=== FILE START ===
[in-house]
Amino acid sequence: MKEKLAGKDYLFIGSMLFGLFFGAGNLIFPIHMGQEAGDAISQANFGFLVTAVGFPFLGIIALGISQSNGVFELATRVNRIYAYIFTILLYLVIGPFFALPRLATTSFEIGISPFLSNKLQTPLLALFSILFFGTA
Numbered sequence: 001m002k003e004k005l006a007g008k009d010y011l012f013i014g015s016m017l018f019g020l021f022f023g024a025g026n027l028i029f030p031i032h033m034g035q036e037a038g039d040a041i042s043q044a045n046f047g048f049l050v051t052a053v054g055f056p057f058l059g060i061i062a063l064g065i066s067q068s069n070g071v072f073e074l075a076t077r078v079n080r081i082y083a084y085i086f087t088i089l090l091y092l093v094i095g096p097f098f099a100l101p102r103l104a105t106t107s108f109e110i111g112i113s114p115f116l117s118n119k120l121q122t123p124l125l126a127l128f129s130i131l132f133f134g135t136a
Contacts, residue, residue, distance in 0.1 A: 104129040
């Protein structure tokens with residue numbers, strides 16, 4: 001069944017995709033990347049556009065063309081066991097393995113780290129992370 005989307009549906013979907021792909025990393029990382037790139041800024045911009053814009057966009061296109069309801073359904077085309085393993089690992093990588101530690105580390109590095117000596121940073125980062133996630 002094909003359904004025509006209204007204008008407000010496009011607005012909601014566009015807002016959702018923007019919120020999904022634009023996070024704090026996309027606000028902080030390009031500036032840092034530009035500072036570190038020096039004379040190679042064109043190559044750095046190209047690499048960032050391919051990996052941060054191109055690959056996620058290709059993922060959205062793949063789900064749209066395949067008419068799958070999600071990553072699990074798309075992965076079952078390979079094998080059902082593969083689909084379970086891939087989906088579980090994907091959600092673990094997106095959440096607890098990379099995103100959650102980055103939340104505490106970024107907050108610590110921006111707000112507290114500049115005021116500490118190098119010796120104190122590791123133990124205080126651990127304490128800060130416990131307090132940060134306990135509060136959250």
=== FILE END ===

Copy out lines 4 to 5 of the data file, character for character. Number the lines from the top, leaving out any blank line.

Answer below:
Contacts, residue, residue, distance in 0.1 A: 104129040
């Protein structure tokens with residue numbers, strides 16, 4: 001069944017995709033990347049556009065063309081066991097393995113780290129992370 005989307009549906013979907021792909025990393029990382037790139041800024045911009053814009057966009061296109069309801073359904077085309085393993089690992093990588101530690105580390109590095117000596121940073125980062133996630 002094909003359904004025509006209204007204008008407000010496009011607005012909601014566009015807002016959702018923007019919120020999904022634009023996070024704090026996309027606000028902080030390009031500036032840092034530009035500072036570190038020096039004379040190679042064109043190559044750095046190209047690499048960032050391919051990996052941060054191109055690959056996620058290709059993922060959205062793949063789900064749209066395949067008419068799958070999600071990553072699990074798309075992965076079952078390979079094998080059902082593969083689909084379970086891939087989906088579980090994907091959600092673990094997106095959440096607890098990379099995103100959650102980055103939340104505490106970024107907050108610590110921006111707000112507290114500049115005021116500490118190098119010796120104190122590791123133990124205080126651990127304490128800060130416990131307090132940060134306990135509060136959250």